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Brazil's Prominent Natural Resource Stocks Are Up 620%, 1,388% and 1,499% ...

Stock-Markets / Brazil Oct 15, 2007 - 10:19 AM GMT

By: Money_and_Markets

Stock-Markets

Best Financial Markets Analysis ArticleMartin Weiss writes: I'm in the interior of Brazil right now, and I don't have to travel too far to see, first-hand, the vast natural resources that are helping to make investors rich.

Brazil's sugar cane industry is soaring, propelled by surging demand for ethanol.


Its iron-ore, propelled by demand from Asia, is booming.

Brazil is forging ahead at breakneck speed with its vast reserves of gold, diamonds, bauxite, manganese, nickel, platinum and uranium.

It has signed landmark deals with China, India and virtually every resource-hungry nation on the planet.

Its currency, the real, is the fastest rising major currency in the world; and its stock market, one of the best performing.

But …

It Wasn't Always This Way

When Dad first brought me and my family to Brazil in 1952, it was still the "land of the future" — and, unfortunately, it would retain that ever-hopeful, oft-disappointing status for another half century.

Inflation was beginning to pick up speed, setting off wave after wave of currency devaluations.

And the remote regions that happened to have some of the best resources also suffered from some of the worst infrastructure: Air travel was spotty; highways, virtually non-existent.

To reach central Brazil, where we lived on a farm outside the town of Anápolis, we flew on a single-engine aircraft that, to me, seemed to be on its last legs.

Before one of our flights, I grabbed my small suitcase and walked under the body of the plane to take a closer look.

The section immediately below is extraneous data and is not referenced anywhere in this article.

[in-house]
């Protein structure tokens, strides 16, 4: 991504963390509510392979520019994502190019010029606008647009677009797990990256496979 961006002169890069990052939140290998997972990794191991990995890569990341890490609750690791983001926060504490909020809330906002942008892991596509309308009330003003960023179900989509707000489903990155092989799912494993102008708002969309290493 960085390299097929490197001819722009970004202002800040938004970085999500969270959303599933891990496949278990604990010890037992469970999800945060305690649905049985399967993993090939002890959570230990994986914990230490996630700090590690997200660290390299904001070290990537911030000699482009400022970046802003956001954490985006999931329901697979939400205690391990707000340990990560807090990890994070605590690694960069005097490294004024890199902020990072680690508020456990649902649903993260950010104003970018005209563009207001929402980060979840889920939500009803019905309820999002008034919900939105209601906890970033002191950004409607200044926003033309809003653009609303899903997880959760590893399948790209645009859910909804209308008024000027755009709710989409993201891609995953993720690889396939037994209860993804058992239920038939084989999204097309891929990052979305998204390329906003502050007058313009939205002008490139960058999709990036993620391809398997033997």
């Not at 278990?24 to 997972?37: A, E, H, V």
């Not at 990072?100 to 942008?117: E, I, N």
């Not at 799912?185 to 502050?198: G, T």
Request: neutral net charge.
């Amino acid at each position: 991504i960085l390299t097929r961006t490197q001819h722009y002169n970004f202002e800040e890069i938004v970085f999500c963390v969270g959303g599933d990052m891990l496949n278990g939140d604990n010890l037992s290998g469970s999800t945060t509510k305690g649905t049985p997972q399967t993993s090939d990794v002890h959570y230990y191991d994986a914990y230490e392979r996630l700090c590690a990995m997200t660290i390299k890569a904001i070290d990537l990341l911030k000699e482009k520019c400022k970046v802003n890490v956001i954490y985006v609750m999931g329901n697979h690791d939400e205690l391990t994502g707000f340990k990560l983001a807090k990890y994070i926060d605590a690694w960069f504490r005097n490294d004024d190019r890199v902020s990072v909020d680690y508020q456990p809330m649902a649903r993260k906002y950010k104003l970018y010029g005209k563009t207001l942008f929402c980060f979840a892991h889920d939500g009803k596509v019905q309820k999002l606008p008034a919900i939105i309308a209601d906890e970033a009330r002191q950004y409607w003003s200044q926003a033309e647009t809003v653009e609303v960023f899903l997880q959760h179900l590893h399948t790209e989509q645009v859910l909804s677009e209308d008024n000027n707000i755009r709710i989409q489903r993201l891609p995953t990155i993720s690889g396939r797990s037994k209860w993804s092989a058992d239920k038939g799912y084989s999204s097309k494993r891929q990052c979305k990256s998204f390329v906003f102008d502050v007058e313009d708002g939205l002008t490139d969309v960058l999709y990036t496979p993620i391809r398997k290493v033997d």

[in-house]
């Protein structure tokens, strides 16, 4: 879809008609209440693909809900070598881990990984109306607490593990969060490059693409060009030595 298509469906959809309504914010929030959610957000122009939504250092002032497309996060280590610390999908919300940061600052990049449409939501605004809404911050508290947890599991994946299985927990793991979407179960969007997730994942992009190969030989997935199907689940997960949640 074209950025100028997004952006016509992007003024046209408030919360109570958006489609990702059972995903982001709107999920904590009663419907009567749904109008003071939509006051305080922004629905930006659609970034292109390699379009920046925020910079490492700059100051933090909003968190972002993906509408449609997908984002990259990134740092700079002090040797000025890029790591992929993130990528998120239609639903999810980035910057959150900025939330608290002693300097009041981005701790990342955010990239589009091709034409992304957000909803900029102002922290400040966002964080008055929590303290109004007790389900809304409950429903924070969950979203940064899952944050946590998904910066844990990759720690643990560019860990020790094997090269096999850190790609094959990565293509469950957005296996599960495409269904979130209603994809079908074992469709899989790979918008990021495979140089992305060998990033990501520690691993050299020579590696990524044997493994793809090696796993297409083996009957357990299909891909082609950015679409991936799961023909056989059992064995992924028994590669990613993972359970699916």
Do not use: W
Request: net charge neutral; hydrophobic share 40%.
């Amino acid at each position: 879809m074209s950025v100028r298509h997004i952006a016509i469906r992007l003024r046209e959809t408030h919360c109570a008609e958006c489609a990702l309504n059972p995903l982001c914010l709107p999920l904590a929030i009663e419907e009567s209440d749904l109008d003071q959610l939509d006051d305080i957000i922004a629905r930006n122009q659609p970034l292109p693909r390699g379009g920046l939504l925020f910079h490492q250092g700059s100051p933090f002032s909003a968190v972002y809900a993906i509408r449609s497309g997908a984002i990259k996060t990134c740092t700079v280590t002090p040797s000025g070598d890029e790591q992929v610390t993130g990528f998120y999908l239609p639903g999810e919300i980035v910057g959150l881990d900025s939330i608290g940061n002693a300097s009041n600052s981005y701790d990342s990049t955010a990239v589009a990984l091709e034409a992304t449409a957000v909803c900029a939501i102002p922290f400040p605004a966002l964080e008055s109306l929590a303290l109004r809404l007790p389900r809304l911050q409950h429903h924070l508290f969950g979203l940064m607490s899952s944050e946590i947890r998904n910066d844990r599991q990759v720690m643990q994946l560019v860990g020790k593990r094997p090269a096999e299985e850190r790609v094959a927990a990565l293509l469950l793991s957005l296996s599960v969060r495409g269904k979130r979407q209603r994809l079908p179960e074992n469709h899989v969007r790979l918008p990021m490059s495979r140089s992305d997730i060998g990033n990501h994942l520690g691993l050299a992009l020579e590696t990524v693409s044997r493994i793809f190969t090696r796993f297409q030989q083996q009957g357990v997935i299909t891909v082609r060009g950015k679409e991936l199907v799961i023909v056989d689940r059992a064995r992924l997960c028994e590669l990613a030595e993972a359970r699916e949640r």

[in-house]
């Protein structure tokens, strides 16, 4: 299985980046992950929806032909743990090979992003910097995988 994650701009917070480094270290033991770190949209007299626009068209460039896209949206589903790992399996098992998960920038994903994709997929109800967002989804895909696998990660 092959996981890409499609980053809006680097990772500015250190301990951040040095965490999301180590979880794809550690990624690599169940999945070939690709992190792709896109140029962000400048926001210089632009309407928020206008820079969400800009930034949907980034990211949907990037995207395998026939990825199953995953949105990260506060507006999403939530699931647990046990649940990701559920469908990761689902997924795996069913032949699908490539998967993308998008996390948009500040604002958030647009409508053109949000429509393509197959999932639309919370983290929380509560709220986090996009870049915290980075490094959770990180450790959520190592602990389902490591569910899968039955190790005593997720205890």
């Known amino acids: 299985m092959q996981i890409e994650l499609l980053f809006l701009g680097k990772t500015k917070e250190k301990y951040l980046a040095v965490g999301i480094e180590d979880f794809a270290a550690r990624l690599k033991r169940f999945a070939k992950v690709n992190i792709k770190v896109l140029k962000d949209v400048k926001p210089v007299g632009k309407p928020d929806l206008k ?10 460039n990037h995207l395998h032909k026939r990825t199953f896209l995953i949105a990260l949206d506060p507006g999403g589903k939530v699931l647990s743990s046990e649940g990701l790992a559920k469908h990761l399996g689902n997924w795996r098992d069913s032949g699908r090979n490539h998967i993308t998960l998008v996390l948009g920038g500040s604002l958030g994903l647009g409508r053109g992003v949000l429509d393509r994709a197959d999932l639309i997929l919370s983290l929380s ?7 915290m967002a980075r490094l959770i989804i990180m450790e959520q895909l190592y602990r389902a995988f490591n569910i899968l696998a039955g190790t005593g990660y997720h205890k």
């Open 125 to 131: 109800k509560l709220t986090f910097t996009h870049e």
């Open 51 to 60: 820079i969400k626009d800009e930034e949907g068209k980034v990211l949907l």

It wasn't exactly reassuring, and ever-cautious as usual, I warned my father of the danger.

But he said we had no choice.

Indeed, when we made the same trip by land, it was even worse. In the rainy season, it took us almost a week to get to São Paulo. And even in the dry season, with no mechanical repair shops for hundreds of miles, any breakdown in our Rural Willis that we couldn't repair ourselves could mean nights camped out in the woods.

For nearly all my life, Brazil has been the land of the future that never seemed to come. But now, its future is here.

Brazil's aircraft industry is the third largest in the world, providing most of the commuter jets flown in the U.S., Europe and Asia.

Paved two-lane highways reach into the Amazon, and super-highways crisscross the industrial south. The same road trip that took us a week in the 1950s now takes as little as half a day, assuming no traffic jams.

Moreover …

Brazil's Advances Are No Longer Just a Matter of Catching Up With The Rest of the World …

This is the only country that has ethanol pumps at every fuel station.